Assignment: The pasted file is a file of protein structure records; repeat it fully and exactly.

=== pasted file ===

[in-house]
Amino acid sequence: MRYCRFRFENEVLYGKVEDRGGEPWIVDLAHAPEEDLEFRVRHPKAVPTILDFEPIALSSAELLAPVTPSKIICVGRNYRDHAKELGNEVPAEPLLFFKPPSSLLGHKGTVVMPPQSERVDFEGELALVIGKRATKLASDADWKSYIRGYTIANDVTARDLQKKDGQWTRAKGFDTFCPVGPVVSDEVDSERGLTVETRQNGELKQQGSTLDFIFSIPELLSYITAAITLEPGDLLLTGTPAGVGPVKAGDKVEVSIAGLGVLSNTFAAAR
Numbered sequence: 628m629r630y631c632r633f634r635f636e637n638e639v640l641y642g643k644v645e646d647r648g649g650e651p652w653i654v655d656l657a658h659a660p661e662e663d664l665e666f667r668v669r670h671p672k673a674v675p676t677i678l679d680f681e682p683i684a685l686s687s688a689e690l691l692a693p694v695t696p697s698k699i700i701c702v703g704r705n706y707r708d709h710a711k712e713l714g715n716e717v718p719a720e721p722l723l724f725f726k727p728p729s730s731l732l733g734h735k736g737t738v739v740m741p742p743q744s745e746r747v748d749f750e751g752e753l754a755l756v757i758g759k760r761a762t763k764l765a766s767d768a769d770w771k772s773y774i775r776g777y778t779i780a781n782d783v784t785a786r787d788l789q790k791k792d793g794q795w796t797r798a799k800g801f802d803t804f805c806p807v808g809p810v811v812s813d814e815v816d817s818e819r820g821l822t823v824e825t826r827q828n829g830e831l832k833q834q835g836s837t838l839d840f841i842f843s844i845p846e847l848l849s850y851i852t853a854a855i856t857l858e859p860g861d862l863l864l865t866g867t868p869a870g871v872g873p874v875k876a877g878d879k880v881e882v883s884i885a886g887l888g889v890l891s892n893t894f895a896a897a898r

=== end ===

[in-house]
Amino acid sequence: MRYCRFRFENEVLYGKVEDRGGEPWIVDLAHAPEEDLEFRVRHPKAVPTILDFEPIALSSAELLAPVTPSKIICVGRNYRDHAKELGNEVPAEPLLFFKPPSSLLGHKGTVVMPPQSERVDFEGELALVIGKRATKLASDADWKSYIRGYTIANDVTARDLQKKDGQWTRAKGFDTFCPVGPVVSDEVDSERGLTVETRQNGELKQQGSTLDFIFSIPELLSYITAAITLEPGDLLLTGTPAGVGPVKAGDKVEVSIAGLGVLSNTFAAAR
Numbered sequence: 628m629r630y631c632r633f634r635f636e637n638e639v640l641y642g643k644v645e646d647r648g649g650e651p652w653i654v655d656l657a658h659a660p661e662e663d664l665e666f667r668v669r670h671p672k673a674v675p676t677i678l679d680f681e682p683i684a685l686s687s688a689e690l691l692a693p694v695t696p697s698k699i700i701c702v703g704r705n706y707r708d709h710a711k712e713l714g715n716e717v718p719a720e721p722l723l724f725f726k727p728p729s730s731l732l733g734h735k736g737t738v739v740m741p742p743q744s745e746r747v748d749f750e751g752e753l754a755l756v757i758g759k760r761a762t763k764l765a766s767d768a769d770w771k772s773y774i775r776g777y778t779i780a781n782d783v784t785a786r787d788l789q790k791k792d793g794q795w796t797r798a799k800g801f802d803t804f805c806p807v808g809p810v811v812s813d814e815v816d817s818e819r820g821l822t823v824e825t826r827q828n829g830e831l832k833q834q835g836s837t838l839d840f841i842f843s844i845p846e847l848l849s850y851i852t853a854a855i856t857l858e859p860g861d862l863l864l865t866g867t868p869a870g871v872g873p874v875k876a877g878d879k880v881e882v883s884i885a886g887l888g889v890l891s892n893t894f895a896a897a898r